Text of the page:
The festival, which will celebrate its 40th anniversary in July 2017, is held on Musqueam First Nations land, a connection that’s honoured with a traditional opening ceremony.
Festivals and islands
Victoria, the provincial capital on Vancouver Island, has seen tremendous success with a number of public festivals, including the Victoria Dragonboat Festival, Taste: Victoria’s Festival of Food and Wine, and the Victoria International Buskers Festival.
Victoria has a “stunning natural stage,” says John Vickers, executive director of three free public festivals—the aforementioned Buskers Festival, the Victoria International Chalk Art Festival and the Victoria Kite Festival.
“There’s the Empress (Hotel) and the Legislative building — the downtown is a grand theatre. We need to scale our level of art to (the backdrop).”
The Buskers Festival, which concluded its seventh year in July, has become one of the city’s largest, drawing thousands of locals and tourists of all ages to grab a meal at a food truck and watch international street performers with the picturesque Inner Harbour in the background.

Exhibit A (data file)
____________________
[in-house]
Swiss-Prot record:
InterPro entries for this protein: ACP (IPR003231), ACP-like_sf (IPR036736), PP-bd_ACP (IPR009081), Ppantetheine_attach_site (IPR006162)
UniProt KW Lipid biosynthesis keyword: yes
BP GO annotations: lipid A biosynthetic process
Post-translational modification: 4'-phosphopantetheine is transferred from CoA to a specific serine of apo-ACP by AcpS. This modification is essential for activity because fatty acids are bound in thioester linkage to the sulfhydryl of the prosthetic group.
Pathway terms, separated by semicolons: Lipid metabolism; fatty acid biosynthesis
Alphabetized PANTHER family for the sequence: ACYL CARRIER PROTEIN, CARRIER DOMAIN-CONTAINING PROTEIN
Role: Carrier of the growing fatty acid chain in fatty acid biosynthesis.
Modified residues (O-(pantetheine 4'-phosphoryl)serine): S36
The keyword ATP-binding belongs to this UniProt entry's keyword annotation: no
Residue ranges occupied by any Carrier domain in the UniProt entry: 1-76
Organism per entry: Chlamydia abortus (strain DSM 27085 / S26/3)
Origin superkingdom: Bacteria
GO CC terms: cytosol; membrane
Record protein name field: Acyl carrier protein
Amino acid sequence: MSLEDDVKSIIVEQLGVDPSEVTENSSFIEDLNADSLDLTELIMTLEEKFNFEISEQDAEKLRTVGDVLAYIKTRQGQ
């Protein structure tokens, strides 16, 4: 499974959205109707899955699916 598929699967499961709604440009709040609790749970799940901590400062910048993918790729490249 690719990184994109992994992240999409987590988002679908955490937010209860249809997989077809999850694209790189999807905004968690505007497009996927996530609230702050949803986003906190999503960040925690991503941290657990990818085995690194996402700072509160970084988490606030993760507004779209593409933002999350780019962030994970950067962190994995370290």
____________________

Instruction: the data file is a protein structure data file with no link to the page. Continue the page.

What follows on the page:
Vickers has met people who make the capital their holiday destination because of the festival: “The big driver is experiential tourism.”
Sechelt Inlet, Thinkstock
Davidson agrees; tourism influences the success of the Festival of the Written Arts in Sechelt, which, though not an Island, is only accessible by boat or plane.
“Half of our audience travels to the Sunshine Coast,” she says. “We need and welcome the visitors who get on that ferry and come to see us every August.”
Festivals are born when practical and emotional needs converge, says Linda Tanaka of the Vancouver Folk Music Festival, which this year welcomed Canadian legend Bruce Cockburn to the stage.
“I think communities want to celebrate,” she says. “They want to celebrate their culture, the music or the art around them.”
Sometimes, festivals create festivals. The success of the Festival of the Written Arts gave rise to a number of concurrent festivals in Sechelt, including the Hackett Park Juried Craft Fair and the Power of Paint, Eleven Equal Artists exhibition.